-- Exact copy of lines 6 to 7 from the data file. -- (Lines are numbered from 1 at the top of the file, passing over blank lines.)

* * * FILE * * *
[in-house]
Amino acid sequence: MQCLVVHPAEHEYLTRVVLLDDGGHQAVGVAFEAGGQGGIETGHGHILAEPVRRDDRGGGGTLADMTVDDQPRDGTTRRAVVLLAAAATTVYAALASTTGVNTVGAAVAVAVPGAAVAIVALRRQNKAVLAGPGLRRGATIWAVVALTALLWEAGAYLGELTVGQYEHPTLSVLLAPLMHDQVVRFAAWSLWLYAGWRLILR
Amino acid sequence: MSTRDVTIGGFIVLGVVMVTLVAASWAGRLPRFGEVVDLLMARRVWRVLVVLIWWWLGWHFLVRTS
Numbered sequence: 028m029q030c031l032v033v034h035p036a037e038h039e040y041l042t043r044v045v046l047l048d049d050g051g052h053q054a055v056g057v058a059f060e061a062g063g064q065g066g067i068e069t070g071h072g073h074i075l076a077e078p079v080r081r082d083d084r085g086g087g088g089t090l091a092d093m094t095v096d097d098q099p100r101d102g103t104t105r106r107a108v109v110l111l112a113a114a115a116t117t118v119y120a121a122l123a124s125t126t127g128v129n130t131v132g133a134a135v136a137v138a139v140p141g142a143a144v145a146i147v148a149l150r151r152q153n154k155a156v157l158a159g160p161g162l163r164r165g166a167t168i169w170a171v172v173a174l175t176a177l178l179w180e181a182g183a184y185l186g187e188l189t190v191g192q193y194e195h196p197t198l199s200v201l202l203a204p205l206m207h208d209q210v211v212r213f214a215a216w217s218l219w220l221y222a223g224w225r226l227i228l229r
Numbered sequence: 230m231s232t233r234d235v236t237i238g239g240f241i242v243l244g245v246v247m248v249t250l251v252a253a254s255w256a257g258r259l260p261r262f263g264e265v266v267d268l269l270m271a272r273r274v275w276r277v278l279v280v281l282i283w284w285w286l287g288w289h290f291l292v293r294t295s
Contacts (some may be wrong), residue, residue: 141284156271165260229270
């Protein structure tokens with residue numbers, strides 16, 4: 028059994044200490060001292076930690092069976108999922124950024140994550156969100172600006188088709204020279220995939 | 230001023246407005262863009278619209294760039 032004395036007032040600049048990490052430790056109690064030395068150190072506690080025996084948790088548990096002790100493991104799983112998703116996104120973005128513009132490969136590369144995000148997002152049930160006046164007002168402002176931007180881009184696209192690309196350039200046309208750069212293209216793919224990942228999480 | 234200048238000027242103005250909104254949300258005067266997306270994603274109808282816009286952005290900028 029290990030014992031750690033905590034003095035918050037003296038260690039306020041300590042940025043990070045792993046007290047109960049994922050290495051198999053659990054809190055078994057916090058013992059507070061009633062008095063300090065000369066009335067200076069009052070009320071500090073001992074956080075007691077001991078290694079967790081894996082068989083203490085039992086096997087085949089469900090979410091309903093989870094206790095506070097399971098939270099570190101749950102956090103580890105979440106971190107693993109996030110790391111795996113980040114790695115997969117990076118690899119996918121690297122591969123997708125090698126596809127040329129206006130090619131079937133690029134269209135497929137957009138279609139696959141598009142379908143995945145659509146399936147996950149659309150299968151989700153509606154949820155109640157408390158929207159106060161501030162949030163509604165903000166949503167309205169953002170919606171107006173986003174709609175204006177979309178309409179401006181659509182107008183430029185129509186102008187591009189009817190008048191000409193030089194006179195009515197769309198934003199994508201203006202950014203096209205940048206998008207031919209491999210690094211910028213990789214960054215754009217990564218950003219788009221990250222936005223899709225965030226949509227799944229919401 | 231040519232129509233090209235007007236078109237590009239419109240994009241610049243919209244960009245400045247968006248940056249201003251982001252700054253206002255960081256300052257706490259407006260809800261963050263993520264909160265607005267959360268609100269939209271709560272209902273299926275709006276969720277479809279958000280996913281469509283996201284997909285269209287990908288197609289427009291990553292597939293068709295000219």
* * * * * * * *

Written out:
Contacts (some may be wrong), residue, residue: 141284156271165260229270
């Protein structure tokens with residue numbers, strides 16, 4: 028059994044200490060001292076930690092069976108999922124950024140994550156969100172600006188088709204020279220995939 | 230001023246407005262863009278619209294760039 032004395036007032040600049048990490052430790056109690064030395068150190072506690080025996084948790088548990096002790100493991104799983112998703116996104120973005128513009132490969136590369144995000148997002152049930160006046164007002168402002176931007180881009184696209192690309196350039200046309208750069212293209216793919224990942228999480 | 234200048238000027242103005250909104254949300258005067266997306270994603274109808282816009286952005290900028 029290990030014992031750690033905590034003095035918050037003296038260690039306020041300590042940025043990070045792993046007290047109960049994922050290495051198999053659990054809190055078994057916090058013992059507070061009633062008095063300090065000369066009335067200076069009052070009320071500090073001992074956080075007691077001991078290694079967790081894996082068989083203490085039992086096997087085949089469900090979410091309903093989870094206790095506070097399971098939270099570190101749950102956090103580890105979440106971190107693993109996030110790391111795996113980040114790695115997969117990076118690899119996918121690297122591969123997708125090698126596809127040329129206006130090619131079937133690029134269209135497929137957009138279609139696959141598009142379908143995945145659509146399936147996950149659309150299968151989700153509606154949820155109640157408390158929207159106060161501030162949030163509604165903000166949503167309205169953002170919606171107006173986003174709609175204006177979309178309409179401006181659509182107008183430029185129509186102008187591009189009817190008048191000409193030089194006179195009515197769309198934003199994508201203006202950014203096209205940048206998008207031919209491999210690094211910028213990789214960054215754009217990564218950003219788009221990250222936005223899709225965030226949509227799944229919401 | 231040519232129509233090209235007007236078109237590009239419109240994009241610049243919209244960009245400045247968006248940056249201003251982001252700054253206002255960081256300052257706490259407006260809800261963050263993520264909160265607005267959360268609100269939209271709560272209902273299926275709006276969720277479809279958000280996913281469509283996201284997909285269209287990908288197609289427009291990553292597939293068709295000219």